05 25 2016
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  • On Tuesday, a judge ordered the 78-year-old Cosby to stand trial on sexual assault charges 
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  • The judge concluded Officer Edward Nero played little role in the arrest and wasn't responsible for the failure by police to buckle Gray in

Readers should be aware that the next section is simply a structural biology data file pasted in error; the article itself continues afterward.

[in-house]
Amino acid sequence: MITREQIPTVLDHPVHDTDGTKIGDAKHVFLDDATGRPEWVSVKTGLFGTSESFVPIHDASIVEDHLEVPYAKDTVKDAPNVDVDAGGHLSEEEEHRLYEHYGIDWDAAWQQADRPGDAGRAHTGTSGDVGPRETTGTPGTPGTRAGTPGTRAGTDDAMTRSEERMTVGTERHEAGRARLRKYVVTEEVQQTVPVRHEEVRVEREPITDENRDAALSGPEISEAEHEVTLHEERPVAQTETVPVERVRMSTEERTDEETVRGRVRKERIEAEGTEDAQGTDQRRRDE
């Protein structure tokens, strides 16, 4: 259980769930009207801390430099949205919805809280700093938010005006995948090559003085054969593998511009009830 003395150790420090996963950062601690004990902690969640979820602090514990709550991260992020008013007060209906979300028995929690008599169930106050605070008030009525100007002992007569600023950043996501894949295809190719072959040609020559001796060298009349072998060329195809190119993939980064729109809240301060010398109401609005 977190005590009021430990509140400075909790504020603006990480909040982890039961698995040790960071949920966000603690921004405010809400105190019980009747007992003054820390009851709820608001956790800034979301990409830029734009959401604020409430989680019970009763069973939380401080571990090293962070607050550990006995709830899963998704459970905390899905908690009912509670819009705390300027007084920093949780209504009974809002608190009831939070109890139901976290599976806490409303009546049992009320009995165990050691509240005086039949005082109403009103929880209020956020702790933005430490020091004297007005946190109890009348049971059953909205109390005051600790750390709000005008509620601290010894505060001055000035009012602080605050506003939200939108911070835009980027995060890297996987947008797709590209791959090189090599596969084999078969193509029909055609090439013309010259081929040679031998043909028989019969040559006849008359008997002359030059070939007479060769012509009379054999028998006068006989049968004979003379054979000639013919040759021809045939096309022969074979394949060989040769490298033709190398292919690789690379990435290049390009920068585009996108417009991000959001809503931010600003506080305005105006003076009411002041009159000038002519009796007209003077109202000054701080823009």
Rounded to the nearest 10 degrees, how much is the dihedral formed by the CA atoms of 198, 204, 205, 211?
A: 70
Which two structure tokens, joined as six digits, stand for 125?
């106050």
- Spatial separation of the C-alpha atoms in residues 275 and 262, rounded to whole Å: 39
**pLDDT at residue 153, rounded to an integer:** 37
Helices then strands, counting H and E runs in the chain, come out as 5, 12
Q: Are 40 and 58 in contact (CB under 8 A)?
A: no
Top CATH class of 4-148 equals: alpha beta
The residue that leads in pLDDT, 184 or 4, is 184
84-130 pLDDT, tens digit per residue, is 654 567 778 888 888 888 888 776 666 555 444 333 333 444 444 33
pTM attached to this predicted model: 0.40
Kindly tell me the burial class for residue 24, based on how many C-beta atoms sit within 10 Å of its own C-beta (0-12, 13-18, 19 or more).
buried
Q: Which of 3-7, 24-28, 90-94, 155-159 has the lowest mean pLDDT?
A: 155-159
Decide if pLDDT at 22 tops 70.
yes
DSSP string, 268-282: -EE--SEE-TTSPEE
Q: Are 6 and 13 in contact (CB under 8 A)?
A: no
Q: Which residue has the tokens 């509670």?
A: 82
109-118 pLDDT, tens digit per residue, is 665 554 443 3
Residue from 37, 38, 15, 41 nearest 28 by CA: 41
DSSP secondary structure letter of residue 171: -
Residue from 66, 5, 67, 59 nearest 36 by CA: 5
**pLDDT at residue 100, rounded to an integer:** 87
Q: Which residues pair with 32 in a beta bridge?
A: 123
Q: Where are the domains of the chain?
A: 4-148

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  • Bill Cosby faces a preliminary hearing Tuesday to determine if his criminal sex-assault case in suburban Philadelphia goes to trial.Prosecutors had declined to charge the comedian-actor over the 2005 complaint, but arrested him in December after his explosive deposition in the woman's lawsuit became public. In the testimony given in that deposition, Cosby is grilled about giving drugs and alcohol to women before sex; making secret payments to ex-lovers; and hosting Andrea Constand at his home. They knew each other through Temple University, where he was a trustee and she managed the women's basketball team. Bill Cosby's wife refused to answer dozens of questions during a combative deposition in a defamation lawsuit filed by seven women who say the comedian branded them liars after they accused him of sexually assaulting them, according to a transcript released Friday. Camille Cosby was subjected to intense questioning by the women's lawyer, who repeatedly pressed her to say whether she believes her husband "acted with a lack of integrity" during their 52-year marriage. The lawyer also asked if her husband used his position and power "to manipulate young women." Camille Cosby didn't answer those questions and many others after her lawyer cited marital privilege, the legal protection given to communications between spouses. She repeatedly said she had "no opinion" when pressed on whether she viewed her husband's behavior as dishonest and a violation of their marriage vows. About 50 women have publicly accused Bill Cosby of forcing unwanted sexual contact on them decades ago. Cosby has denied the allegations. He faces a criminal case in Pennsylvania, where prosecutors have charged him with sexually violating a former Temple University employee, Andrea Constand. He has pleaded not guilty. Camille Cosby answered questions in the deposition Feb. 22 and again April 19 after her lawyers argued unsuccessfully to stop it. A judge ruled she would have to give a deposition but said she could refuse to answer questions about private communications between her and her husband. Camille Cosby's lawyer, Monique Pressley, repeatedly cited that privilege and advised her not to answer many questions asked by the women's lawyer, Joseph Cammarata. The exchanges between Cammarata and Cosby became testy at times, and she admonished him: "Don't lecture me. Just keep going with the questions." Using a transcript of a deposition Bill Cosby gave in a civil lawsuit filed by Constand in 2005 and a transcript of an interview she gave to Oprah Winfrey in 2000, Cammarata asked Camille Cosby about extramarital affairs her husband had. "Were you aware of your husband setting up trusts for the benefit of women that he had a sexual relationship with?" Cammarata asked. She didn't answer after her lawyer cited marital privilege. Cammarata asked her about Shawn Thompson, a woman who said Bill Cosby fathered her daughter, Autumn Jackson, in the 1970s. Jackson was convicted in 1997 of attempting to extort money from Bill Cosby to prevent her from telling a tabloid she's his daughter. He acknowledged he had an affair with her mother and had given her money. "Was it a big deal when this came up in the 1970s that your husband had — big deal to you that your husband had an extramarital affair and potentially had a daughter from that extramarital affair?" Cammarata asked. "It was a big deal then, yes," Camille Cosby replied. She said she had "no opinion" on whether her husband's admission he obtained quaaludes to give to women with whom he wanted to have sex violated their marriage vows. Her lawyer objected and instructed her not to answer when Cammarata asked her if she ever suspected she had been given any type of drug to alter her state of consciousness when she had sex with her husband. A spokesman for the Cosbys declined to comment on her deposition. The Cosbys have a home in Shelburne Falls, an hour's drive from Springfield, where the lawsuit, seeking unspecified damages, was filed. An attorney handling a separate lawsuit against Bill Cosby revealed Friday that Playboy magazine founder Hugh Hefner provided sworn testimony Wednesday. In the sexual battery lawsuit filed in Los Angeles, Judy Huth says Cosby forced her to perform a sex act on him at the Playboy Mansion around 1974, when she was 15. Bill Cosby's former lawyers have accused Huth of attempting to extort him before filing the case and have tried unsuccessfully to have it dismissed. Huth's attorney, Gloria Allred, said Hefner's testimony will remain under seal for now. Hefner also was named as a defendant in a case filed Monday by former model Chloe Goins, who accuses Bill Cosby of drugging and sexually abusing her at the Playboy Mansion in 2008.   The Associated Press generally doesn't identify people who say they're victims of sexual abuse, but the women accusing Cosby have come forward to tell their stories.___AP Entertainment Writer Anthony McCartney contributed to this report from Los Angeles.